Psychology of the quiz show

  • Dealing with the anxiety of a global crisis: at a time when many of us have learned to doubt anything claiming to represent objective fact, there is a certain truth about quizzes: you are either right or wrong.
  • The certainty of knowledge: Quizshows are a reminder of something we are in danger of losing. We can all search for an answer on the phone, but having the knowledge of something is affirmation (more necessary than ever because when everything seems uncertain). 

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Feel the buzz: the rise and rise of the quizshow in lockdown

theguardian.com

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 2020: the year of the quiz

There was the Zoom quiz, of course: a staple of the first lockdown during which many of us combined video-conferencing technology and general knowledge in order to stay both vaguely sane and in touch with our friends. But also, TV quiz shows seem to have colonised greater chunks of the schedules.

There is an obvious practical element to this: the quiz show is filmed in a controlled and contained environment and was, therefore, from a logistical point of view, easier to bring back under pandemic conditions than drama.

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Nostalgia is an important part of the pandemic. This helps to explain the appeal of Quiz and it helps to explain the appeal of quiz shows, too. 

Pre-internet, there was a premium on knowing things. And there still is. But there was also the reborn sense of television as a collective event; something people did together. Isolation has led to viewers grasping on to any form of connection with others, either virtually or within a domestic unit. Quizshows – the original interactive TV – feed into this perfectly.

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The quiz is the oldest TV format of them all; the earliest TV shows were quizzes adapted from the radio.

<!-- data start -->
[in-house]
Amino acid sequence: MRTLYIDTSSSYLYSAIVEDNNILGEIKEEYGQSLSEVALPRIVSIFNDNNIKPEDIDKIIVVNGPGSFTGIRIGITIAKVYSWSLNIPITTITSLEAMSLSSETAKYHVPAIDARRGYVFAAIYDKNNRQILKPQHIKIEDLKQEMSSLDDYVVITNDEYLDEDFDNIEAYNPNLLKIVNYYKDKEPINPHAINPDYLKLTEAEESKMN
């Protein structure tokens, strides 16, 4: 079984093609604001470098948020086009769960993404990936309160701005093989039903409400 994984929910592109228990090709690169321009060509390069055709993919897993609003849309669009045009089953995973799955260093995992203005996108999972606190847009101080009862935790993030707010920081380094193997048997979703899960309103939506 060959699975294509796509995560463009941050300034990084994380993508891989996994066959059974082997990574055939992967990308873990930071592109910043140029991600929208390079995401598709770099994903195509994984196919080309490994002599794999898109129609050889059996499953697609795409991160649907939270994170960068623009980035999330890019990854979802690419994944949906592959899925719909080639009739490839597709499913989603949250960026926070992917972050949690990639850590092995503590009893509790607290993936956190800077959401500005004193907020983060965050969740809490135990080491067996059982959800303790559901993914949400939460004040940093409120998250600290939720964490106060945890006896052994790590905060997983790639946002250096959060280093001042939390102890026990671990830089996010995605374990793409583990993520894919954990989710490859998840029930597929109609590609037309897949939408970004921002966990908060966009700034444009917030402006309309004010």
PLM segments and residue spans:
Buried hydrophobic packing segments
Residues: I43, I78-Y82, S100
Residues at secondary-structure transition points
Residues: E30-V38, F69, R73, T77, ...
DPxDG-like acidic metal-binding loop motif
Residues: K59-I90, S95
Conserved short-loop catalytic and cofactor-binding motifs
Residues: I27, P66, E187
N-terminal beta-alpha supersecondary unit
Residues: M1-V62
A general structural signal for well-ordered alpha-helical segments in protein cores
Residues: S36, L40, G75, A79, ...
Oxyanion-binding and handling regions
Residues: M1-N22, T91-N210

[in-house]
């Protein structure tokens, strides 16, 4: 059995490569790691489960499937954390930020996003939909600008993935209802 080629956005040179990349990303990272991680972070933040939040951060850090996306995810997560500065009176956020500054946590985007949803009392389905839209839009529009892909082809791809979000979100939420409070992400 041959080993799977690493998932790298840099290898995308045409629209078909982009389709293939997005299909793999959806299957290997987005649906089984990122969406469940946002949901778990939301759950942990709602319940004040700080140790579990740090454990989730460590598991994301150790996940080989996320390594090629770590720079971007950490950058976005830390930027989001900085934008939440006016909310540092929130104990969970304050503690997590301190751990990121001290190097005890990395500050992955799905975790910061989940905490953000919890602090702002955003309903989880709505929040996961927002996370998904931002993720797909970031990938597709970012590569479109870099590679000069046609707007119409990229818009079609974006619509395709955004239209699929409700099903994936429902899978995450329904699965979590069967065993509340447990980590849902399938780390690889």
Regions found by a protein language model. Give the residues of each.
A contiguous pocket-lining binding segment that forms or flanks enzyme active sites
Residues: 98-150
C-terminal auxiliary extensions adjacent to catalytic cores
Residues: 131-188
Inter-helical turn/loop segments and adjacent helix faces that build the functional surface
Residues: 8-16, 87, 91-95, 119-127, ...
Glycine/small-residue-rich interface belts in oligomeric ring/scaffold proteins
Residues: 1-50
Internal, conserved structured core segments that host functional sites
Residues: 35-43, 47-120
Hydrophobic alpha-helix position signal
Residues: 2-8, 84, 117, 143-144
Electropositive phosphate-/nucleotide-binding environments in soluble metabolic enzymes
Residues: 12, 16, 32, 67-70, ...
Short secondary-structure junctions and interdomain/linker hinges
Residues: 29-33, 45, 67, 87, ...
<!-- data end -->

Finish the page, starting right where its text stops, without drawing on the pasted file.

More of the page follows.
There are probably four rules to a good quizshow:

  • The game’s got to work; there’s got to be something intrinsic about it that sustains itself, day in, day out. 
  • It has to have an element of proper jeopardy: lots of the best ones hinge around a single decision – to play on or not, to take the money or not take the money?
  • The hosts are key.
  • There’s got to be something familiar yet slightly different about them.

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The Appeal Of The Quiz Show

The humble quiz game appeals to millions, with many of them obsessed with appearing on such shows and winning a truckload of money.

The concept of public quizzes started back in the 1930s with the Spelling Bees. Broadcast radio picked the quiz format of the game and reached a wider audience. These radio quizzes were popular because they had normal people coming on air and hearing themselves live for the first time.

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The world’s current lockdown obsession

bbc.com

Purposelessness Is Pleasurable
  • The low-brow, consolatory entertainment is enjoyable to viewers because it is relaxed, sociable, sharable and accessible. It is purposeless and trivial, making it relatable to our common humanity.
  • The reality TV recipe often has an everyman quality to it, so the viewers are able to relate to the antics of the participants who talk, act or behave as a normal person (like the viewers) would.
  • The pandemic resulted in TV viewership along with streaming network viewership to thrive. Most of the content is not intellectual but unchallenging, popcorn programming that someone who has had a hard day can relax and unwind with.

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This is why you can't stop watching 'bad' TV

theconversation.com

William Shakespeare (1564-1616)
  • He was the song of a glover and a grammar-school boy that attended Stratford
  • He is famously known as the world's greatest playwright who had a dynamic duality within himself
  • He had become an icon for English-speaking people throughout the world just like how Dante is for the Italians and Goethe for the Germans
  • Shakespeare was a person who kept to himself and died a mysterious man.

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Ten ways in which Shakespeare changed the world

theguardian.com